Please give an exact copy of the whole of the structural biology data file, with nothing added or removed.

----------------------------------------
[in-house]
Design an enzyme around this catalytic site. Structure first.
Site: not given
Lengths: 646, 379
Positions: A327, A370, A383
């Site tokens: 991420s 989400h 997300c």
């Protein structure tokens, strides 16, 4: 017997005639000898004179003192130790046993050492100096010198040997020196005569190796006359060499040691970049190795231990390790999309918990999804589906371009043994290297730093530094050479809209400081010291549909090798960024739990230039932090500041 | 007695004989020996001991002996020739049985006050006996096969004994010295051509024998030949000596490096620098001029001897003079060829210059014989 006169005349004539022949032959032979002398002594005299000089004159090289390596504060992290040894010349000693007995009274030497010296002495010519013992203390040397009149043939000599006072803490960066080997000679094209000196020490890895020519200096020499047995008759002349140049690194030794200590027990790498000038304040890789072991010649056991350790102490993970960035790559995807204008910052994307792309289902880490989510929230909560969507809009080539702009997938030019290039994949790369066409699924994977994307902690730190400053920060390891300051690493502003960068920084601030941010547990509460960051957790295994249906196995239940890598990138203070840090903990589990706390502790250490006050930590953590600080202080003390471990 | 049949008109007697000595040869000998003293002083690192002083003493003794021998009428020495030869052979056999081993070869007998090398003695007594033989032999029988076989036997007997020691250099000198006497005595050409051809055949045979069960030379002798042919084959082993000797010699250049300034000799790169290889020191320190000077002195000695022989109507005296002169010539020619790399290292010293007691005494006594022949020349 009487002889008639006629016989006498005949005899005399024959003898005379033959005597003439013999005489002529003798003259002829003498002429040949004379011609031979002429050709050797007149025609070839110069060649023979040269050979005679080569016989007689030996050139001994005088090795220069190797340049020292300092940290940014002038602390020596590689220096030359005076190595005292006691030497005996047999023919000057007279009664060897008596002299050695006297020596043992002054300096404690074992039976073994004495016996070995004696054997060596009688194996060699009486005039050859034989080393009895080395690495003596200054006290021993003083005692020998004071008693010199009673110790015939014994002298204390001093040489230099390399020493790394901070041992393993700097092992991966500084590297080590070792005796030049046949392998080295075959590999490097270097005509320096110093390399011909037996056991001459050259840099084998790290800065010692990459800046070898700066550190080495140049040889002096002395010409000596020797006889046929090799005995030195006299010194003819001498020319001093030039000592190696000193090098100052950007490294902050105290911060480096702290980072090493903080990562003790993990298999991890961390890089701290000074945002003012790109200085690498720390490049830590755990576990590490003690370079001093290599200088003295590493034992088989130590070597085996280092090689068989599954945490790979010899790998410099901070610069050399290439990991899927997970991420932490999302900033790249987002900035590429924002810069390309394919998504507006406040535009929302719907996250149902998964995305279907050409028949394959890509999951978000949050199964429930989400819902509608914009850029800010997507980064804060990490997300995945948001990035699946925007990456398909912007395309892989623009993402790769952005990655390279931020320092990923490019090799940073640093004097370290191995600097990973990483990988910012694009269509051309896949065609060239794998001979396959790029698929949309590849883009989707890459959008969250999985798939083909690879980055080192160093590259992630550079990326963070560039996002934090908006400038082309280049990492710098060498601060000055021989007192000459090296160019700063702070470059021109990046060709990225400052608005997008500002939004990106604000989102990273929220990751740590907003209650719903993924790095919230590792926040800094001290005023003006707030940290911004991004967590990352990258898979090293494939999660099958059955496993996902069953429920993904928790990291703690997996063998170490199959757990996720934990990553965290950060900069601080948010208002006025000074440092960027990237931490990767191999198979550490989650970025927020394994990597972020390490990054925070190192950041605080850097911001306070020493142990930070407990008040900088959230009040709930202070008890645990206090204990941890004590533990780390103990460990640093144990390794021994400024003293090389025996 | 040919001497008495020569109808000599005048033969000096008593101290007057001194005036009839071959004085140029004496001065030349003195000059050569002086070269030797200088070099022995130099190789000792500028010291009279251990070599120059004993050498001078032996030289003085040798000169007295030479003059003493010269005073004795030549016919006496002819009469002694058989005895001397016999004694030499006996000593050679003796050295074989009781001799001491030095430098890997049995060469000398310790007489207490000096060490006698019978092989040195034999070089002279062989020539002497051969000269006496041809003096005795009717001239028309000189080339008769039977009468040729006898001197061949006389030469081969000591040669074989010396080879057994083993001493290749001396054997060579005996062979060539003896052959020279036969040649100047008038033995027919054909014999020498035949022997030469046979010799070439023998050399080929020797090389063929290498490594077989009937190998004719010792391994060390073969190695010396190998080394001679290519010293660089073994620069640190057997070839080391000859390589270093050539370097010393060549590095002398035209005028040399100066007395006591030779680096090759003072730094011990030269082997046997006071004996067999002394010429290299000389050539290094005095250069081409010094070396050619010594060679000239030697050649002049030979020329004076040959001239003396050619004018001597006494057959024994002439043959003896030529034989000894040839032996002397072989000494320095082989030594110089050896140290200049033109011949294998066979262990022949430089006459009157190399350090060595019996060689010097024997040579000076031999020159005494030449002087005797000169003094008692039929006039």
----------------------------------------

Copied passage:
[in-house]
Design an enzyme around this catalytic site. Structure first.
Site: not given
Lengths: 646, 379
Positions: A327, A370, A383
């Site tokens: 991420s 989400h 997300c």
């Protein structure tokens, strides 16, 4: 017997005639000898004179003192130790046993050492100096010198040997020196005569190796006359060499040691970049190795231990390790999309918990999804589906371009043994290297730093530094050479809209400081010291549909090798960024739990230039932090500041 | 007695004989020996001991002996020739049985006050006996096969004994010295051509024998030949000596490096620098001029001897003079060829210059014989 006169005349004539022949032959032979002398002594005299000089004159090289390596504060992290040894010349000693007995009274030497010296002495010519013992203390040397009149043939000599006072803490960066080997000679094209000196020490890895020519200096020499047995008759002349140049690194030794200590027990790498000038304040890789072991010649056991350790102490993970960035790559995807204008910052994307792309289902880490989510929230909560969507809009080539702009997938030019290039994949790369066409699924994977994307902690730190400053920060390891300051690493502003960068920084601030941010547990509460960051957790295994249906196995239940890598990138203070840090903990589990706390502790250490006050930590953590600080202080003390471990 | 049949008109007697000595040869000998003293002083690192002083003493003794021998009428020495030869052979056999081993070869007998090398003695007594033989032999029988076989036997007997020691250099000198006497005595050409051809055949045979069960030379002798042919084959082993000797010699250049300034000799790169290889020191320190000077002195000695022989109507005296002169010539020619790399290292010293007691005494006594022949020349 009487002889008639006629016989006498005949005899005399024959003898005379033959005597003439013999005489002529003798003259002829003498002429040949004379011609031979002429050709050797007149025609070839110069060649023979040269050979005679080569016989007689030996050139001994005088090795220069190797340049020292300092940290940014002038602390020596590689220096030359005076190595005292006691030497005996047999023919000057007279009664060897008596002299050695006297020596043992002054300096404690074992039976073994004495016996070995004696054997060596009688194996060699009486005039050859034989080393009895080395690495003596200054006290021993003083005692020998004071008693010199009673110790015939014994002298204390001093040489230099390399020493790394901070041992393993700097092992991966500084590297080590070792005796030049046949392998080295075959590999490097270097005509320096110093390399011909037996056991001459050259840099084998790290800065010692990459800046070898700066550190080495140049040889002096002395010409000596020797006889046929090799005995030195006299010194003819001498020319001093030039000592190696000193090098100052950007490294902050105290911060480096702290980072090493903080990562003790993990298999991890961390890089701290000074945002003012790109200085690498720390490049830590755990576990590490003690370079001093290599200088003295590493034992088989130590070597085996280092090689068989599954945490790979010899790998410099901070610069050399290439990991899927997970991420932490999302900033790249987002900035590429924002810069390309394919998504507006406040535009929302719907996250149902998964995305279907050409028949394959890509999951978000949050199964429930989400819902509608914009850029800010997507980064804060990490997300995945948001990035699946925007990456398909912007395309892989623009993402790769952005990655390279931020320092990923490019090799940073640093004097370290191995600097990973990483990988910012694009269509051309896949065609060239794998001979396959790029698929949309590849883009989707890459959008969250999985798939083909690879980055080192160093590259992630550079990326963070560039996002934090908006400038082309280049990492710098060498601060000055021989007192000459090296160019700063702070470059021109990046060709990225400052608005997008500002939004990106604000989102990273929220990751740590907003209650719903993924790095919230590792926040800094001290005023003006707030940290911004991004967590990352990258898979090293494939999660099958059955496993996902069953429920993904928790990291703690997996063998170490199959757990996720934990990553965290950060900069601080948010208002006025000074440092960027990237931490990767191999198979550490989650970025927020394994990597972020390490990054925070190192950041605080850097911001306070020493142990930070407990008040900088959230009040709930202070008890645990206090204990941890004590533990780390103990460990640093144990390794021994400024003293090389025996 | 040919001497008495020569109808000599005048033969000096008593101290007057001194005036009839071959004085140029004496001065030349003195000059050569002086070269030797200088070099022995130099190789000792500028010291009279251990070599120059004993050498001078032996030289003085040798000169007295030479003059003493010269005073004795030549016919006496002819009469002694058989005895001397016999004694030499006996000593050679003796050295074989009781001799001491030095430098890997049995060469000398310790007489207490000096060490006698019978092989040195034999070089002279062989020539002497051969000269006496041809003096005795009717001239028309000189080339008769039977009468040729006898001197061949006389030469081969000591040669074989010396080879057994083993001493290749001396054997060579005996062979060539003896052959020279036969040649100047008038033995027919054909014999020498035949022997030469046979010799070439023998050399080929020797090389063929290498490594077989009937190998004719010792391994060390073969190695010396190998080394001679290519010293660089073994620069640190057997070839080391000859390589270093050539370097010393060549590095002398035209005028040399100066007395006591030779680096090759003072730094011990030269082997046997006071004996067999002394010429290299000389050539290094005095250069081409010094070396050619010594060679000239030697050649002049030979020329004076040959001239003396050619004018001597006494057959024994002439043959003896030529034989000894040839032996002397072989000494320095082989030594110089050896140290200049033109011949294998066979262990022949430089006459009157190399350090060595019996060689010097024997040579000076031999020159005494030449002087005797000169003094008692039929006039």